Nissan LEAF Leads Norway Car Sales In August

SEP 16 2018 BY MARK KANE 45

The Norwegian plug-in market shifts more towards BEVs.

In August, some 6,109 new passenger plug-in cars were registered in Norway, which is 13.3% more than a year ago at an amazing 42.1% market share. Not bad… especially now that diesel stands at just half of that – 21%.

The market currently seems to be shifting more towards all-electric cars than plug-in hybrids:

  • BEVs: 4,157 (up 49.3%, 2.6% market share) + 1,394 ‘used’ + 215 vans (207 new and 8 used) + 1 FCV
  • PHEVs: 1,952 (down 25.5%, 13.4% market share)

New plug-in passenger car registrations in Norway – August 2018

Nissan LEAF strengthens its position as the best-selling car, regardless of powertrain. In August, 1,241 new LEAFs were registered (8.5% of all passenger cars), while 8,012 YTD gives the LEAF 7.9% share and #1 with an advantage of roughly 1,700 registrations over the second place Volkswagen Golf (all versions: all-electric, plug-in hybrid and gasoline).

We don’t know how many Hyundai Kona Electric were sold in the first month, but it seems a low three-digit number is a solid guess (there are 409 registered with less than 200 ICE versions at the beginning of the month).

BMW i3 is still third in the overall standing for the year with 473 in August and 3,542 YTD. Renault ZOE, classified at #15, had 386 registrations (1,816 YTD).

Tesla registrations are: 113 Model X (2,346 YTD) and 82 Model S (1,959 YTD).

Finally, there are, in total, 26 Jaguar I-PACE registered through the end of August.

New plug-in passenger car registrations in Norway – August 2018

New passenger car registrations in Norway – August 2018, source: Opplysningsrådet for Veitrafikken AS (OFV AS)

Categories: BMW, Nissan, Sales, Tesla

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45 Comments on "Nissan LEAF Leads Norway Car Sales In August"

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But there’s also 1, yes one FCEV!
What a booming upsale this is!


Sure it provides some moral compensation to Elon worshipers for lack of Tesla popularity in Norway. How good for them 😉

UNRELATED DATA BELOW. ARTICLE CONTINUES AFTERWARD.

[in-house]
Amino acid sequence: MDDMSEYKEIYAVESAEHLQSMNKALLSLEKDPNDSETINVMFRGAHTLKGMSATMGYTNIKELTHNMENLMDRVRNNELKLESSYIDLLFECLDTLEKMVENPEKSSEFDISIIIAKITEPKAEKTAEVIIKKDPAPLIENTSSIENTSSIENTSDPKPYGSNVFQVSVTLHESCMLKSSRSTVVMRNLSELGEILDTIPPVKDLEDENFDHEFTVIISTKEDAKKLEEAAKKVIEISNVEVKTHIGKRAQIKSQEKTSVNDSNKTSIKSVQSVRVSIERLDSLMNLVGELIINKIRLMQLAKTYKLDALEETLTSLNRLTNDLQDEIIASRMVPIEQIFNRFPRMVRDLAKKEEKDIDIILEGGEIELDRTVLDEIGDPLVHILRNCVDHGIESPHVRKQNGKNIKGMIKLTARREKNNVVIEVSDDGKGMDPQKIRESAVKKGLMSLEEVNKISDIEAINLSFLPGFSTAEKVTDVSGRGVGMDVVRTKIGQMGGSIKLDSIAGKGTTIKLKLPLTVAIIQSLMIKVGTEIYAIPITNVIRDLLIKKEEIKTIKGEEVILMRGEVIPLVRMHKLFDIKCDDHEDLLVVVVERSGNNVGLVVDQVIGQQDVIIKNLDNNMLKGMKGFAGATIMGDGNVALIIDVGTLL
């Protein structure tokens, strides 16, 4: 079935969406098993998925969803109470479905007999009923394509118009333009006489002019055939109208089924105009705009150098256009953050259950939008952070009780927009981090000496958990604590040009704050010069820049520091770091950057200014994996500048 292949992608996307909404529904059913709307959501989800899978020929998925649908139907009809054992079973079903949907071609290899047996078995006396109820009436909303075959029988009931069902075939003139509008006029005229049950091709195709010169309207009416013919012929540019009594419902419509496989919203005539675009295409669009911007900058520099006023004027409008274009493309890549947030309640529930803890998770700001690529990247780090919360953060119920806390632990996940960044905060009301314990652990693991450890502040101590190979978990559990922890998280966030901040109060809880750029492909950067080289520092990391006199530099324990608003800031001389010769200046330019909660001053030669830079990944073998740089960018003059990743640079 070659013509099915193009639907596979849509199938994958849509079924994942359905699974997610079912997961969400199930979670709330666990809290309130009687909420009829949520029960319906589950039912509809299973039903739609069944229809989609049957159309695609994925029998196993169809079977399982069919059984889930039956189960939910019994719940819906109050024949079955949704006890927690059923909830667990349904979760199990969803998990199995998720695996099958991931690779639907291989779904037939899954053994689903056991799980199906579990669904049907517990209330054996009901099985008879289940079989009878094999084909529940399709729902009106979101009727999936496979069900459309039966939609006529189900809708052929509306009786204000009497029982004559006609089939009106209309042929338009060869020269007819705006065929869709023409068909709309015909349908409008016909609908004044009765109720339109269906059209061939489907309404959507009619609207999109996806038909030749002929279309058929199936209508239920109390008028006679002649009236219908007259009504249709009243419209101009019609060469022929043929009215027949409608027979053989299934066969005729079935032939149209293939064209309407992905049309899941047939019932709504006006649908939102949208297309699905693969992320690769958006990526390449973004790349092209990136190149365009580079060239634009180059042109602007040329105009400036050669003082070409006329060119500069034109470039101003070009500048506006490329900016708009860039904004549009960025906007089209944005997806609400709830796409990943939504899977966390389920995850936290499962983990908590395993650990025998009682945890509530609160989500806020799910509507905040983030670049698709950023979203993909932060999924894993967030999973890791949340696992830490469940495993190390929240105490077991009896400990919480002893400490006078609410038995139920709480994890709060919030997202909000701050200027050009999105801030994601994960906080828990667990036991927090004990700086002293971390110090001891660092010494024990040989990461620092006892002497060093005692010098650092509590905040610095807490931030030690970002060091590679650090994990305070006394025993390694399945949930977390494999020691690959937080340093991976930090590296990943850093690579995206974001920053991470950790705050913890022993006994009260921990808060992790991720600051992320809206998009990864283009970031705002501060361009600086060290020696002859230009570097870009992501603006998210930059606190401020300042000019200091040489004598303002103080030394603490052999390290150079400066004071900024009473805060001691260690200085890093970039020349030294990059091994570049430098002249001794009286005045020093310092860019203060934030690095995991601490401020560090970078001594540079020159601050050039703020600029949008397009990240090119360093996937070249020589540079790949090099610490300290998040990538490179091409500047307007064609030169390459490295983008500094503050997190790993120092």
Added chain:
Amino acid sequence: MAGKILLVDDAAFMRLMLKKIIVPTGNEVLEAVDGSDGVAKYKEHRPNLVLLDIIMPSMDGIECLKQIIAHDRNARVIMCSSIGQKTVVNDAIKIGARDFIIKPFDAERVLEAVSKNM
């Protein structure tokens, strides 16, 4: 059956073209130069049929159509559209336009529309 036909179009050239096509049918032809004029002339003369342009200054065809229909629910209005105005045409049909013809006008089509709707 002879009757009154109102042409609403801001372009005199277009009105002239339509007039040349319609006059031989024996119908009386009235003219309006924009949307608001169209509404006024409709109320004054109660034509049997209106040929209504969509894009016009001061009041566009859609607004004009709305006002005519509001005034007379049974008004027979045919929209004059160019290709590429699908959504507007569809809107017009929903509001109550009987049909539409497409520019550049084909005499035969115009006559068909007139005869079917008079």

Tesla has the most popular luxury SUV and luxury sedan in Norway.
This isn’t a site where OPEC lovers get away with stupid propaganda.

Teslas are extremely popular in Norway. Beating the crap out of anything close to their price ranges.

Or are you expecting them to keep up with cars that cost a third of what a Model S/X does?

Model 3 will absolutely kill in Norway.

The numbers above tells all the story about “extremely popular”.

As for the “cost a third”, it is not full truth. EVs don’t pay 25% VAT, 50-150% registration fee, ferry fees, parking fees, get special lane access, road taxes that are charged at extra ~$6/gal. level. Norway’s gas and oil industry money pays for these incentives. I’m too lazy to start on precise calculations, but it makes Tesla economy choice on par with (or even cheaper than) some gasoline VW Golf econobox, very popular model there.

Yet 58% of buyers chose gasoline/diesel econobox or more expensive car instead of Model S/X. There is nothing luxury in S/X interior, just factory price tag. But retail price tag is not luxury in Norway either. So it gets bought because of practical considerations, not because buyer joins a cult – so buyer have some expectations.

Maybe it has something to do with horrible service and quality that Tesla is famous about, especially in Norway?

I don’t think Norwegians dislike Tesla as such; my guess would be that the Leaf occupies a sweet spot in the range of their typical driving needs and cultural preferences.